), in vivo cell transfer experiments (
      • Schenkel J.M.
      • Masopust D.
      Tissue-resident memory T cells.
      ), and downstream tissue and cell-specific genomic analysis (
      • Cheng J.B.
      • Sedgewick A.J.
      • Finnegan A.I.
      • Harirchian P.
      • Lee J.
      • Kwon S.
      • et al.
      Transcriptional programming of normal and inflamed human epidermis at single-cell resolution.
      ).
      However, fluorescent indicators have restricted analysis to the visible-light and UV spectrum and limited the number of parameters that could be measured simultaneously. In 2009,
      • Bandura D.R.
      • Baranov V.I.
      • Ornatsky O.I.
      • Antonov A.
      • Kinach R.
      • Lou X.
      • et al.
      Mass cytometry: technique for real time single cell multitarget immunoassay based on inductively coupled plasma time-of-flight mass spectrometry.
      overcame these limitations by developing mass cytometry (CyTOF). CyTOF blends flow cytometry with mass spectrometry using metal-conjugated antibodies to dramatically increase the number of analytes from as few as 10,000 cells, enabling efficient analysis of small patient samples (
      • Bandura D.R.
      • Baranov V.I.
      • Ornatsky O.I.
      • Antonov A.
      • Kinach R.
      • Lou X.
      • et al.
      Mass cytometry: technique for real time single cell multitarget immunoassay based on inductively coupled plasma time-of-flight mass spectrometry.
      ,
      • Yao Y.
      • Liu R.
      • Shin M.S.
      • Trentalange M.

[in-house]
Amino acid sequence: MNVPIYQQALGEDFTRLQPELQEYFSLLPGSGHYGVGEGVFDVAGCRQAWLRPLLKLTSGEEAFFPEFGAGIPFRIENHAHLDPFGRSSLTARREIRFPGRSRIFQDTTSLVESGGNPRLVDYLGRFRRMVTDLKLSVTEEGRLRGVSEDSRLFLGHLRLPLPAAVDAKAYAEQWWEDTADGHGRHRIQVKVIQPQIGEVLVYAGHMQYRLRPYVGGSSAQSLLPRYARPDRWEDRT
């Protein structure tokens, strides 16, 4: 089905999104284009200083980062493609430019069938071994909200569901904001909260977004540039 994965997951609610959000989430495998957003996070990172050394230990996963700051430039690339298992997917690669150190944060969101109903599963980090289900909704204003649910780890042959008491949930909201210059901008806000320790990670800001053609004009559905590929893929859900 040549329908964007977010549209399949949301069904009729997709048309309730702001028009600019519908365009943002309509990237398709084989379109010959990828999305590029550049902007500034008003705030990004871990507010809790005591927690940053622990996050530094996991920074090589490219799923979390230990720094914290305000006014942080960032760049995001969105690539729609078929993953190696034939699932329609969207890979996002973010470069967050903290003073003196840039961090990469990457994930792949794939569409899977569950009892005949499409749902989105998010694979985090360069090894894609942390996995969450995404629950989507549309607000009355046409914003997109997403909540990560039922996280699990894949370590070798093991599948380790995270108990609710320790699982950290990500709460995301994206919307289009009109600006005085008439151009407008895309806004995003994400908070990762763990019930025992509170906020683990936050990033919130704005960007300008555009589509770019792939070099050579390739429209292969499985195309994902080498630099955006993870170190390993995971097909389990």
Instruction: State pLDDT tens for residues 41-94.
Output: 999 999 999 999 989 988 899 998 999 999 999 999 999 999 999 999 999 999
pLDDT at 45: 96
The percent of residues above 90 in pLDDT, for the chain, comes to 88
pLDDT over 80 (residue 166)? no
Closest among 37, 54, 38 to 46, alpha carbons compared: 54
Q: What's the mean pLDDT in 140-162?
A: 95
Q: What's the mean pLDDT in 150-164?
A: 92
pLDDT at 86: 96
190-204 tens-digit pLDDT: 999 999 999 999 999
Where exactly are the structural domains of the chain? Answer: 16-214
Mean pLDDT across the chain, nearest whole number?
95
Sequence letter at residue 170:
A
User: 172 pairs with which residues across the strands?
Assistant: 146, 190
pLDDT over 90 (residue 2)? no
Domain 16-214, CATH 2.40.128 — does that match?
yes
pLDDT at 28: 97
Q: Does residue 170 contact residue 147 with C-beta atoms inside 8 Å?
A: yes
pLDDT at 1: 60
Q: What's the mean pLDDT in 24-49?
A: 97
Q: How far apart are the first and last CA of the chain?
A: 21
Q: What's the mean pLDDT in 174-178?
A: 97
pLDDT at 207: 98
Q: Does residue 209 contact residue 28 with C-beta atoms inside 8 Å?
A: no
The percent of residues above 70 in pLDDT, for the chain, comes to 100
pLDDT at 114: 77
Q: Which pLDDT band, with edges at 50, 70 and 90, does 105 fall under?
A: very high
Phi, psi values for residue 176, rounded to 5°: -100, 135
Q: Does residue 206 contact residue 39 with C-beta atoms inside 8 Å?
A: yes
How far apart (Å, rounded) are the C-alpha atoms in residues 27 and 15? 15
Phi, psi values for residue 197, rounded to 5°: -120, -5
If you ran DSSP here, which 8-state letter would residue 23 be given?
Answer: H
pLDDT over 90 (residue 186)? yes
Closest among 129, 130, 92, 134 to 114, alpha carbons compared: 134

• Allore H.
      • Nassar A.
      • et al.
      CyTOF supports efficient detection of immune cell subsets from small samples.
      ). Multiparametric CyTOF analysis of normal skin and in inflammatory disease revealed a remarkable intraindividual heterogeneity in homeostatic DC populations and highly polarizing impact of inflammatory diseases on immune subsets (
      • Alcántara-Hernández M.
      • Leylek R.
      • Wagar L.E.
      • Engleman E.G.
      • Keler T.
      • Marinkovich M.P.
      • et al.
      High-dimensional phenotypic mapping of human dendritic cells reveals interindividual variation and tissue specialization.
      ,
      • Farrera C.
      • Melchiotti R.
      • Petrov N.
      • Weng Teng K.W.
      • Wong M.T.
      • Loh C.Y.
      • et al.
      T-cell phenotyping uncovers systemic features of atopic dermatitis and psoriasis.
      ).
      Genome-based analysis has radically transformed our understanding of skin immunity. Spurred by the human genome project (
      • Collins F.S.
      • Green E.D.
      • Guttmacher A.E.
      • Guyer M.S.
      US National Human Genome Research Institute
      A vision for the future of genomics research.
      ), the ability to sequence and compile whole-human genomes uncovered genetic susceptibility loci underlying a number of complex inflammatory skin diseases (
      • Paternoster L.
      • Standl M.
      • Chen C.M.
      • Ramasamy A.
      • Bønnelykke K.
      • Duijts L.
      • et al.
      Meta-analysis of genome-wide association studies identifies three new risk loci for atopic dermatitis.
      ,
      • Tsoi L.C.
      • Stuart P.E.
      • Tian C.
      • Gudjonsson J.E.
      • Das S.
      • Zawistowski M.
      • et al.
      Large scale meta-analysis characterizes genetic architecture for common psoriasis associated variants.
      ). These studies provided key insights into the molecular and cellular drivers of complex multifactorial diseases. For instance, GWAS of Alopecia areata were instrumental in identifying the key innate and adaptive immune drivers of hair follicle destruction (
      • Petukhova L.
      • Duvic M.
      • Hordinsky M.
      • Norris D.
      • Price V.
      • Shimomura Y.
      • et al.
      Genome-wide association study in alopecia areata implicates both innate and adaptive immunity.
      ). Similarly, the IL-23 and NF-κB immune pathways were linked to psoriasis with GWAS (
      • Nair R.P.
      • Duffin K.C.
      • Helms C.
      • Ding J.
      • Stuart P.E.
      • Goldgar D.
      • et al.
      Genome-wide scan reveals association of psoriasis with IL-23 and NF-kappaB pathways.